I do take your point that listening to a single piece – with or without a score – would never be enough to deduce what the ‘research’ is about. However, I don’t think that this is would be a fair representation of the ‘composition research’ a composer does during their Doctorate. The submission I am currently preparing has NINE pieces. I am confident that any composer who sat down and was presented with all nine scores could quickly deduce at least some idea of what my research had centered on.

    I understand, though, particularly that your students would be unable to use the results of the research in their own work. It is obvious, for example, that your students would not benefit from my research in microphone techniques without some written document. I would point out, again, that some information on this could be contained within the notes to the score and – also – that it isn’t true your students wouldn’t be able to gain anything from a score/performance where they could see/work how a technique was being used and some of the impact it had upon the materials of that work.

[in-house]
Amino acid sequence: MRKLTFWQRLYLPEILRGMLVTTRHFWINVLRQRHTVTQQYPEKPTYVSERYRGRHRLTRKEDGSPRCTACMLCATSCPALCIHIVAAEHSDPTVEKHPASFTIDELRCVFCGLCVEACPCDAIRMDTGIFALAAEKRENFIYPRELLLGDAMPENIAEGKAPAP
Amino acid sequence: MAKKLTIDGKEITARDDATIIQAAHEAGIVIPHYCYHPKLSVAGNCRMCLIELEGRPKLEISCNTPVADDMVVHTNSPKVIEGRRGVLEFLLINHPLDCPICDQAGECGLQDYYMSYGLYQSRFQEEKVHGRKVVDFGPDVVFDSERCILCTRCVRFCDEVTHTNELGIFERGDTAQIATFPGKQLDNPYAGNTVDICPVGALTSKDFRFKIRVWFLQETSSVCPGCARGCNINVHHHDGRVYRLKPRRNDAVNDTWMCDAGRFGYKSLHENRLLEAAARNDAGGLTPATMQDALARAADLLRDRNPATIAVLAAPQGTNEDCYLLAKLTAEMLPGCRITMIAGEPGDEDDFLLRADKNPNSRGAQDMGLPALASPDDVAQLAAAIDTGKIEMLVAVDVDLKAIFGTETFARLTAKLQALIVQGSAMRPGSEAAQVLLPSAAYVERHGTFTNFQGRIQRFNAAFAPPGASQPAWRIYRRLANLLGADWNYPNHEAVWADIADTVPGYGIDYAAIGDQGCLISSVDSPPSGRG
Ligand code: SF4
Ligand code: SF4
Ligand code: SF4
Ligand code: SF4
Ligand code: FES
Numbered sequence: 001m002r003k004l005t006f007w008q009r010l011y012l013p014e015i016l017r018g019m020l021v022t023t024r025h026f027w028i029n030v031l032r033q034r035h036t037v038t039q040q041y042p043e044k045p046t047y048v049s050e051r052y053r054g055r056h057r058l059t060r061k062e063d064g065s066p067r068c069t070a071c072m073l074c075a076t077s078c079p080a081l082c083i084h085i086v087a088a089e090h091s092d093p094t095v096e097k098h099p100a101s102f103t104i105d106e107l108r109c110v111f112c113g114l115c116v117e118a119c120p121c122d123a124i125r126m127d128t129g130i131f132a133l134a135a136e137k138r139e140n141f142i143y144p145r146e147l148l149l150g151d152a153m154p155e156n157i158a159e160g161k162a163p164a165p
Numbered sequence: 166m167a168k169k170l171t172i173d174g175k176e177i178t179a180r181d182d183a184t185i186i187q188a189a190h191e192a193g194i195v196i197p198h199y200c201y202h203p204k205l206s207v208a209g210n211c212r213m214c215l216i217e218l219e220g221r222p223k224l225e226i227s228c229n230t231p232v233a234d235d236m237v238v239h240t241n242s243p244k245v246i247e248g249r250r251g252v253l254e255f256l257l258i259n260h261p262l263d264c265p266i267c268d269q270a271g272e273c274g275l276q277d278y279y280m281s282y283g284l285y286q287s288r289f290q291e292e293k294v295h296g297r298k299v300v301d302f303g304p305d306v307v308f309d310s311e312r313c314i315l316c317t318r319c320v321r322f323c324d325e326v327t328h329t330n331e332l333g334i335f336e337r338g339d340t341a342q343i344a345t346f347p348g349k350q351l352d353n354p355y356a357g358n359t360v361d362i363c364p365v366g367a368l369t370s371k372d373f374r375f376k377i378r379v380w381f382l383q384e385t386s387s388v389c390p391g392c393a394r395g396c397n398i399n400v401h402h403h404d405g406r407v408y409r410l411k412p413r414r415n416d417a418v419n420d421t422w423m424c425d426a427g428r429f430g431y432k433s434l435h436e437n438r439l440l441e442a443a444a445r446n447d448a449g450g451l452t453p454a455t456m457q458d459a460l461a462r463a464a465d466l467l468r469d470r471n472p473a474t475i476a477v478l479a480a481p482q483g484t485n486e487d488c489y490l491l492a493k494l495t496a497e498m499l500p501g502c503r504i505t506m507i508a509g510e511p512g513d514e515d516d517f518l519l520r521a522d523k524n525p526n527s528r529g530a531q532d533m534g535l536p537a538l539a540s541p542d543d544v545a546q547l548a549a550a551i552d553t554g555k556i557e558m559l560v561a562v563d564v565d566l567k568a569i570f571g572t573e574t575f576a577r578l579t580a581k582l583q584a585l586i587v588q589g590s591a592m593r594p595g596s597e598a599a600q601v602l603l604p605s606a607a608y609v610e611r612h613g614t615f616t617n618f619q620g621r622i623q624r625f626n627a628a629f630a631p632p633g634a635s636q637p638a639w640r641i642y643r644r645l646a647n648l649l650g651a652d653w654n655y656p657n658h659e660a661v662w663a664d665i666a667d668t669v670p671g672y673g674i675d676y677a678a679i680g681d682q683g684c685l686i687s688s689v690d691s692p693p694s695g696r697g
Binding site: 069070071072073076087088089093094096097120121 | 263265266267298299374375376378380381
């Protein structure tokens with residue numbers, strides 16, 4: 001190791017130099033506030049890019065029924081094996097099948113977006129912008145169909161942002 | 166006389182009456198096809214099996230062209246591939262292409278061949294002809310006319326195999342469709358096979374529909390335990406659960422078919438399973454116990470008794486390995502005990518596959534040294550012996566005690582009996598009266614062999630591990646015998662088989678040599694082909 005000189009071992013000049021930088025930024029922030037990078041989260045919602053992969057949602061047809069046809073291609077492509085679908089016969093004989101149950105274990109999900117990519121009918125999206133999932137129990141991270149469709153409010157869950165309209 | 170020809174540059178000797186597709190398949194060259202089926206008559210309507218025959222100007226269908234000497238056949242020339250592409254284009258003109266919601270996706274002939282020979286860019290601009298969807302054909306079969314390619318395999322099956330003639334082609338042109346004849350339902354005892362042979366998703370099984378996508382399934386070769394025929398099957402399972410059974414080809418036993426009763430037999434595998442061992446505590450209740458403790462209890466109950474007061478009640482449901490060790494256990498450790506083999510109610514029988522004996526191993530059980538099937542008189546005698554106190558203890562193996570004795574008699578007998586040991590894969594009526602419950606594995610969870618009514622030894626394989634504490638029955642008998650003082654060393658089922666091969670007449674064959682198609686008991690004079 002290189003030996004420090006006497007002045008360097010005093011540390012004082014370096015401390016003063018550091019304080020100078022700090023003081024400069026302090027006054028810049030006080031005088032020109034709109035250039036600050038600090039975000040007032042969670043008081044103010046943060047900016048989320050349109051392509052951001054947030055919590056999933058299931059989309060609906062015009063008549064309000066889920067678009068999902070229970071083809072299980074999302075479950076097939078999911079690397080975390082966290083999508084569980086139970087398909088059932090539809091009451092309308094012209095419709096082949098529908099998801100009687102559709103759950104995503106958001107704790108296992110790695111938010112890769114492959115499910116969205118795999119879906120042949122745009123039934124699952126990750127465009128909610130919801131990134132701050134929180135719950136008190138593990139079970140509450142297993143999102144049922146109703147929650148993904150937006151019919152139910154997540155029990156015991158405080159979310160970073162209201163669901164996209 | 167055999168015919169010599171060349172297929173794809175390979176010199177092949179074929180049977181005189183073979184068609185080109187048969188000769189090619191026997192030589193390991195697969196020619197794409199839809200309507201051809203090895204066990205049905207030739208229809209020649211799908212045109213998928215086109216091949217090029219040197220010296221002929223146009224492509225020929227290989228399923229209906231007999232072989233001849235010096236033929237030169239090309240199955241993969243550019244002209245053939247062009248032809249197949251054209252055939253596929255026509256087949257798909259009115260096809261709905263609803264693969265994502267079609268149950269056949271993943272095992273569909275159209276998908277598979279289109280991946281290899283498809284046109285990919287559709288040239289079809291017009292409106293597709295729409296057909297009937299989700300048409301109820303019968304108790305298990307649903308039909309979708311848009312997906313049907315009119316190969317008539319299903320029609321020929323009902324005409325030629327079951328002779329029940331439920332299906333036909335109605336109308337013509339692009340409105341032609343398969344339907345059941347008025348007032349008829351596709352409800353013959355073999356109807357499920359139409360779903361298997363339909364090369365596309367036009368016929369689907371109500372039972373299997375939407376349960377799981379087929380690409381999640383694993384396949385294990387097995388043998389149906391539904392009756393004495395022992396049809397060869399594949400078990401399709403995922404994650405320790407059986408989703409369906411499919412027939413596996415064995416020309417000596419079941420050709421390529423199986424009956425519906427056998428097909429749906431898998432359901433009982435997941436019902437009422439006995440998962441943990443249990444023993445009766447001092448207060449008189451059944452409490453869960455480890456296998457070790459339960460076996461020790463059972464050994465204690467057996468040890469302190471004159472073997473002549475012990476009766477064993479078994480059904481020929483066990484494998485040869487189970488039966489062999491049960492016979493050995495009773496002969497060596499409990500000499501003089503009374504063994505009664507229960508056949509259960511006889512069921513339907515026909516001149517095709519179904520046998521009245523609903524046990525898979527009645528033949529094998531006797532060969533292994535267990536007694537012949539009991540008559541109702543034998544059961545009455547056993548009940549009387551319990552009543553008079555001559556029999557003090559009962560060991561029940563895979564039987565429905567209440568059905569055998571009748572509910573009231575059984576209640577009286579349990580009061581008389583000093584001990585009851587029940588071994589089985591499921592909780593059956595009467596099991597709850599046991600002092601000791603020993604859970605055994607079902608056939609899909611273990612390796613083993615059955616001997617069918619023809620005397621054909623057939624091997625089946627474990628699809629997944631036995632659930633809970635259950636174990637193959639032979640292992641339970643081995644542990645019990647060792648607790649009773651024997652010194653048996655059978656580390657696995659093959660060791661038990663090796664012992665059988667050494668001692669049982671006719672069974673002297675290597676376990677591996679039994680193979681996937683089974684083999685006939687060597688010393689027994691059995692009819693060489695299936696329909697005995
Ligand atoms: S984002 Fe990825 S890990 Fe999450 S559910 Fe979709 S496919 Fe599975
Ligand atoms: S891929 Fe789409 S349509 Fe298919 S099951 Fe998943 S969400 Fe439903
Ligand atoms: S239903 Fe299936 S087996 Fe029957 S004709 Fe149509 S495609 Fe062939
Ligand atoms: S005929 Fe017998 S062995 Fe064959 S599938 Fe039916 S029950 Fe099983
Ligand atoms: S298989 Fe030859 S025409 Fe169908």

This is where we agree though, in that the biggest issue with calling composition research is that, in composition, the pieces themselves are the findings. Perhaps I find other composers pieces more useful/applicable than other composers, but in any event I do plan on submitting a lengthy document alongside my compositional activity. That document, of course, is also not research but simply hopes to catalogue and illuminate it in another way. I will certainly post it on this website when finished and perhaps you will be able to stump your students with it next year!

    All best,

    Aaron